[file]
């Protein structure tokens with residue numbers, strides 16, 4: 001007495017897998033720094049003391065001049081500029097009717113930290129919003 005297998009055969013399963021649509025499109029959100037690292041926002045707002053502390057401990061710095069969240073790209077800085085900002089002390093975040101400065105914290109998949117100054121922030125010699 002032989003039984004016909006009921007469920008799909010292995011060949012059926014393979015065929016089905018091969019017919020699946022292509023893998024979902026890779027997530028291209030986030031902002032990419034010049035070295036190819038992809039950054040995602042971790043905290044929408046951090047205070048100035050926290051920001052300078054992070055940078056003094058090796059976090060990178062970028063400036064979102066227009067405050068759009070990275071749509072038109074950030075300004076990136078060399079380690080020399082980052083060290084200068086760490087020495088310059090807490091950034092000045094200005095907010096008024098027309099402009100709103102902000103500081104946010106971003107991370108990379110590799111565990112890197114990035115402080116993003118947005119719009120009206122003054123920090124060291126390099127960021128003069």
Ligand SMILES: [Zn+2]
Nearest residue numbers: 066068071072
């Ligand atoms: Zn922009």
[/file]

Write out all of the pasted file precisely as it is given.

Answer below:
């Protein structure tokens with residue numbers, strides 16, 4: 001007495017897998033720094049003391065001049081500029097009717113930290129919003 005297998009055969013399963021649509025499109029959100037690292041926002045707002053502390057401990061710095069969240073790209077800085085900002089002390093975040101400065105914290109998949117100054121922030125010699 002032989003039984004016909006009921007469920008799909010292995011060949012059926014393979015065929016089905018091969019017919020699946022292509023893998024979902026890779027997530028291209030986030031902002032990419034010049035070295036190819038992809039950054040995602042971790043905290044929408046951090047205070048100035050926290051920001052300078054992070055940078056003094058090796059976090060990178062970028063400036064979102066227009067405050068759009070990275071749509072038109074950030075300004076990136078060399079380690080020399082980052083060290084200068086760490087020495088310059090807490091950034092000045094200005095907010096008024098027309099402009100709103102902000103500081104946010106971003107991370108990379110590799111565990112890197114990035115402080116993003118947005119719009120009206122003054123920090124060291126390099127960021128003069």
Ligand SMILES: [Zn+2]
Nearest residue numbers: 066068071072
């Ligand atoms: Zn922009």